Construction Put-in-Place, (CPIP)

­­­Construction Put-in-Place, (CPIP): Total U.S. construction spending continued to perform well in January 2020, especially in the state and local sector. Census Bureau non-seasonally adjusted (NSA), constant dollar CPIP data showed that January’s twelve month total, (12MT) construction expenditures grew by 4.8% year on year (y/y), to $314.4 billion (B). On a 12MT basis, private expenditures advanced 3.0% y/y, while, State & Local advanced by 10.0% y/y. Non-residential 12MT CPIP increased by 2.6%, 12MT y/y to $139.6B.

Total Construction:

Table 1 presents CPIP data for total construction for both 3 moving total and 12 month moving total y/y metrics. Momentum, defined as 3MT minus 12MT is also shown. Momentum provides market direction with green indicating stronger activity and red indicating slowing activity. Private construction accounted for 74% of the total three months expenditures ending in December. State & local spending accounted for 24.1%, the remaining 2.0% was for federally financed projects. The private sector posted 3.0% growth and 0.3% decline for 3MT and 12MT y/y comparisons resulting in a positive 3.4% momentum for the month of January.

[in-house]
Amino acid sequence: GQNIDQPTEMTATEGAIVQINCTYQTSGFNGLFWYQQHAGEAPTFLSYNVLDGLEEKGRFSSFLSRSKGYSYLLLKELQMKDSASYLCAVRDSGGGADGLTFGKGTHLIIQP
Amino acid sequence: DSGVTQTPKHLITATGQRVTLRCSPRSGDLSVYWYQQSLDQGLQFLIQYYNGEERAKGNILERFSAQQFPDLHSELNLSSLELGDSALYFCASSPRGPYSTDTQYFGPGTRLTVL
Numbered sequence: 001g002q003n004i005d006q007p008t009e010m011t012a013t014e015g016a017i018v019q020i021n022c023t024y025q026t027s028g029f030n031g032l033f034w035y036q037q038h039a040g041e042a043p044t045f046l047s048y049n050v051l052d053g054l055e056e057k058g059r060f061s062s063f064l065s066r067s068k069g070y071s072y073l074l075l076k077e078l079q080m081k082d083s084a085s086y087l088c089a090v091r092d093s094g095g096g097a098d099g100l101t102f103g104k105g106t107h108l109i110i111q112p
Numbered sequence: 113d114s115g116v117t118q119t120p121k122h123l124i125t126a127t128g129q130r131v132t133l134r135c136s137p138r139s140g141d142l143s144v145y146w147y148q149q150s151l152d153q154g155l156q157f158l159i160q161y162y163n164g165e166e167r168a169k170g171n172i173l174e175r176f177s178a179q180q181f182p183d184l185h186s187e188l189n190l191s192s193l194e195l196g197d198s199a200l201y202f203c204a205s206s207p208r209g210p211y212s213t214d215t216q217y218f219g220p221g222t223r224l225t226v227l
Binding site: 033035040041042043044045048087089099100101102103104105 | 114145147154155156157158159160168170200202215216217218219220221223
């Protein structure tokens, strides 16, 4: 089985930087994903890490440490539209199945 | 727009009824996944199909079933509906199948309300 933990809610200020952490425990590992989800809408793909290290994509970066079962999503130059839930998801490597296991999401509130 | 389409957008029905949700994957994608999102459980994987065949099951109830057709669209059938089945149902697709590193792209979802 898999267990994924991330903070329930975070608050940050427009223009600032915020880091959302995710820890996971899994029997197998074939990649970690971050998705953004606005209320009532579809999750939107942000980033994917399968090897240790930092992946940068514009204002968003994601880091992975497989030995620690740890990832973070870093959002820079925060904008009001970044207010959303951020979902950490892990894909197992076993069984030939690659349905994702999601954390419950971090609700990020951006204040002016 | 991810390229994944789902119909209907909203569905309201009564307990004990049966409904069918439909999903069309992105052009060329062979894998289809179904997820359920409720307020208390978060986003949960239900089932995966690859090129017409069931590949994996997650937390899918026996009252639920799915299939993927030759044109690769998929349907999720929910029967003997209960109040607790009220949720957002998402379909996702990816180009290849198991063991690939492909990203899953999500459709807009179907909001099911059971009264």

Single-family residential construction recorded 5.9% increase on a 3MT basis and 3.2% decline on a 12MT basis. On a 3MT basis, State and Local total construction recorded a 10.0% increase in spending.

Non-residential Construction:

Table 2 shows the breakdown of non-residential construction (NRC). The overall growth rate was 2.6% on a 3MT y/y and 2.8% increase on a 12MT y/y basis resulting in a downward 0.2% momentum.

The growth rate of private NRC was 0.6% for the 3MT, and the rolling 12MT value was 0.5%, leading to a momentum score of 0.2%. State and local expenditures were positive for both 3MT and 12MT metrics.

Economists from the BDC Network comment on the construction segment in 2020, “At this time, it is unclear how coronavirus will affect materials prices, Certain construction components, whether from China or elsewhere, may experience inadequate supply during the weeks ahead, and the more general impact will be decreased input prices due to lower demand.”

At Gerdau we monitor the CPIP numbers every month to keep you, our customers informed on the health of the U.S. construction market.

 

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